DESCRIPTION (provided by applicant): The AIDS epidemic caused by the HIV retrovirus is one of the leading threats posed to global health by an infectious agent. Limited availability of expensive anti-HIV drugs in the developing world, as well as emergence of drug-resistant HIV strains, highlight the continued need for identification and development of novel HIV prevention and treatment methods, drug targets and drugs. Disruption of viral assembly is a promising antiviral treatment strategy, but the progress in this direction has been slow due to the multivalent nature of the viral assembly process and due to the lack of efficient assembly assays suitable for drug screening and lead optimization. Our recent results revealed an evolutionary relationship between the zinc- finger associated SCAN domain and the retroviral capsid C-terminal domain (CA-CTD), and suggested a mechanism for capsid-mediated Gag oligomerization in retroviral assembly. The main hypothesis of this proposal is that the domain-swapped dimer observed in the SCAN structure represents a critical conformation of CA-CTD adopted during viral assembly. The functional clues provided by the SCAN structure will be used to identify critical molecular determinants of capsid dimerization, and to investigate the proposed role of the SCAN-like domain-swapped CA-CTD dimer (Aim 1). Sensitive and robust assays of CA-CTD dimerization will be developed and used for identification of capsid dimerization inhibitors by high throughput screening and rational design. The anti-HIV potential of the identified compounds will be evaluated (Aim 2).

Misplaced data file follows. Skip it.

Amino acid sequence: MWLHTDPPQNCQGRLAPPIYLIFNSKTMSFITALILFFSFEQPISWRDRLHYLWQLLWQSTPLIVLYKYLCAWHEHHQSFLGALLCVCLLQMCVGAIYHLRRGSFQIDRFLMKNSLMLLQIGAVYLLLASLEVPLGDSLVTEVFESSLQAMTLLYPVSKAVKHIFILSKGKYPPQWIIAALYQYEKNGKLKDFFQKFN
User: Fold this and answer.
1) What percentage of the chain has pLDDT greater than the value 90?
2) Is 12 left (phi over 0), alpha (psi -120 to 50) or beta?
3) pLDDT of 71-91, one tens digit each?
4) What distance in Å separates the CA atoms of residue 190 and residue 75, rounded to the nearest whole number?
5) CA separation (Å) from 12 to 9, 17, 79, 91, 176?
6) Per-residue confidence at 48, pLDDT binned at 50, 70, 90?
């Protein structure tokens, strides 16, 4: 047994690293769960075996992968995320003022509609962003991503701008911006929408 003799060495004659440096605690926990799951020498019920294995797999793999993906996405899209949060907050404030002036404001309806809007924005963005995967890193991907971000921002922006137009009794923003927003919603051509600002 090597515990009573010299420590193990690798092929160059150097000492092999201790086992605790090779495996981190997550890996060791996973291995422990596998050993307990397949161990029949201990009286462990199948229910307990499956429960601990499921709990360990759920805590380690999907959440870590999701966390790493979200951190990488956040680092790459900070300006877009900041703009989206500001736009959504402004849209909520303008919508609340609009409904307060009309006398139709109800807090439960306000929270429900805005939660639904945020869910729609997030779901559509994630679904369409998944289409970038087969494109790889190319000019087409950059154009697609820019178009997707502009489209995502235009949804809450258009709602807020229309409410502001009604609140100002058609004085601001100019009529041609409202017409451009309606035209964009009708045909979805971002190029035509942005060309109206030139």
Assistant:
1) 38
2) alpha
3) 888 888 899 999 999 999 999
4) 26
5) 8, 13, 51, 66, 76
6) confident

|Effective start/end date||3/1/07 → 2/28/10|
- National Institutes of Health: $227,416.00
- National Institutes of Health: $247,357.00
- Immunology and Microbiology(all)